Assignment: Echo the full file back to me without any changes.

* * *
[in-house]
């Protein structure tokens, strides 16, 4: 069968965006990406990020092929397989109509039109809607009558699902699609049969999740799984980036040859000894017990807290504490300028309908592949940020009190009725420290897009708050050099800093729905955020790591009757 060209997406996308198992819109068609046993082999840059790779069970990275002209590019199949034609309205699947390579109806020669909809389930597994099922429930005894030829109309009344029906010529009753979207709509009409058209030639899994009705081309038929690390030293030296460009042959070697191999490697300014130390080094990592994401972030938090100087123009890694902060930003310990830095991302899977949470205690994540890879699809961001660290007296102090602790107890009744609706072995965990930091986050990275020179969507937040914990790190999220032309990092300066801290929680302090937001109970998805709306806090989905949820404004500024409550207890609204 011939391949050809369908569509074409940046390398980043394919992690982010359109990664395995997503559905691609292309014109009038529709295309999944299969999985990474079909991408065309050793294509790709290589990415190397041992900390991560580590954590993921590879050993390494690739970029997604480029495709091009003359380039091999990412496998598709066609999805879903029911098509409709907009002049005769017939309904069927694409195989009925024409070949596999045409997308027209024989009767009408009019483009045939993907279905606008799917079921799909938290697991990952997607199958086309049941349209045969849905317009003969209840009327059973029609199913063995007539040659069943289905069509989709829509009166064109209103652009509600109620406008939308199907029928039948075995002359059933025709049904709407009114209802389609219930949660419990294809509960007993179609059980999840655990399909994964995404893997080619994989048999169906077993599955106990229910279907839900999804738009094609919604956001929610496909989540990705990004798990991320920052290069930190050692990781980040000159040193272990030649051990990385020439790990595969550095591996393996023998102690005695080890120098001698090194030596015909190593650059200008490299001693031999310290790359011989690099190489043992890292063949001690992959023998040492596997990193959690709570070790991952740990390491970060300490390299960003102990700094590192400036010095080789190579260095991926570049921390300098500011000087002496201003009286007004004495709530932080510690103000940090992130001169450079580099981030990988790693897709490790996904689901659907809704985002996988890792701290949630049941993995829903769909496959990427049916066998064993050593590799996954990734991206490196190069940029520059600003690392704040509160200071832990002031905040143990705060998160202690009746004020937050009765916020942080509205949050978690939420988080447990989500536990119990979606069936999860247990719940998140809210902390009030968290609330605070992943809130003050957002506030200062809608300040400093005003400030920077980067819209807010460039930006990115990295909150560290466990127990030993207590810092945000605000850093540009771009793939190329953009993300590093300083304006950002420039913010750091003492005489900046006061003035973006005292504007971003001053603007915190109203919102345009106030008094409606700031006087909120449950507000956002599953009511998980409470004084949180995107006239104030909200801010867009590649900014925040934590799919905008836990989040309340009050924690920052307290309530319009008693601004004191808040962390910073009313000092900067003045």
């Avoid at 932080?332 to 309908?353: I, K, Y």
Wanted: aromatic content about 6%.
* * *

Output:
[in-house]
């Protein structure tokens, strides 16, 4: 069968965006990406990020092929397989109509039109809607009558699902699609049969999740799984980036040859000894017990807290504490300028309908592949940020009190009725420290897009708050050099800093729905955020790591009757 060209997406996308198992819109068609046993082999840059790779069970990275002209590019199949034609309205699947390579109806020669909809389930597994099922429930005894030829109309009344029906010529009753979207709509009409058209030639899994009705081309038929690390030293030296460009042959070697191999490697300014130390080094990592994401972030938090100087123009890694902060930003310990830095991302899977949470205690994540890879699809961001660290007296102090602790107890009744609706072995965990930091986050990275020179969507937040914990790190999220032309990092300066801290929680302090937001109970998805709306806090989905949820404004500024409550207890609204 011939391949050809369908569509074409940046390398980043394919992690982010359109990664395995997503559905691609292309014109009038529709295309999944299969999985990474079909991408065309050793294509790709290589990415190397041992900390991560580590954590993921590879050993390494690739970029997604480029495709091009003359380039091999990412496998598709066609999805879903029911098509409709907009002049005769017939309904069927694409195989009925024409070949596999045409997308027209024989009767009408009019483009045939993907279905606008799917079921799909938290697991990952997607199958086309049941349209045969849905317009003969209840009327059973029609199913063995007539040659069943289905069509989709829509009166064109209103652009509600109620406008939308199907029928039948075995002359059933025709049904709407009114209802389609219930949660419990294809509960007993179609059980999840655990399909994964995404893997080619994989048999169906077993599955106990229910279907839900999804738009094609919604956001929610496909989540990705990004798990991320920052290069930190050692990781980040000159040193272990030649051990990385020439790990595969550095591996393996023998102690005695080890120098001698090194030596015909190593650059200008490299001693031999310290790359011989690099190489043992890292063949001690992959023998040492596997990193959690709570070790991952740990390491970060300490390299960003102990700094590192400036010095080789190579260095991926570049921390300098500011000087002496201003009286007004004495709530932080510690103000940090992130001169450079580099981030990988790693897709490790996904689901659907809704985002996988890792701290949630049941993995829903769909496959990427049916066998064993050593590799996954990734991206490196190069940029520059600003690392704040509160200071832990002031905040143990705060998160202690009746004020937050009765916020942080509205949050978690939420988080447990989500536990119990979606069936999860247990719940998140809210902390009030968290609330605070992943809130003050957002506030200062809608300040400093005003400030920077980067819209807010460039930006990115990295909150560290466990127990030993207590810092945000605000850093540009771009793939190329953009993300590093300083304006950002420039913010750091003492005489900046006061003035973006005292504007971003001053603007915190109203919102345009106030008094409606700031006087909120449950507000956002599953009511998980409470004084949180995107006239104030909200801010867009590649900014925040934590799919905008836990989040309340009050924690920052307290309530319009008693601004004191808040962390910073009313000092900067003045």
């Avoid at 932080?332 to 309908?353: I, K, Y």
Wanted: aromatic content about 6%.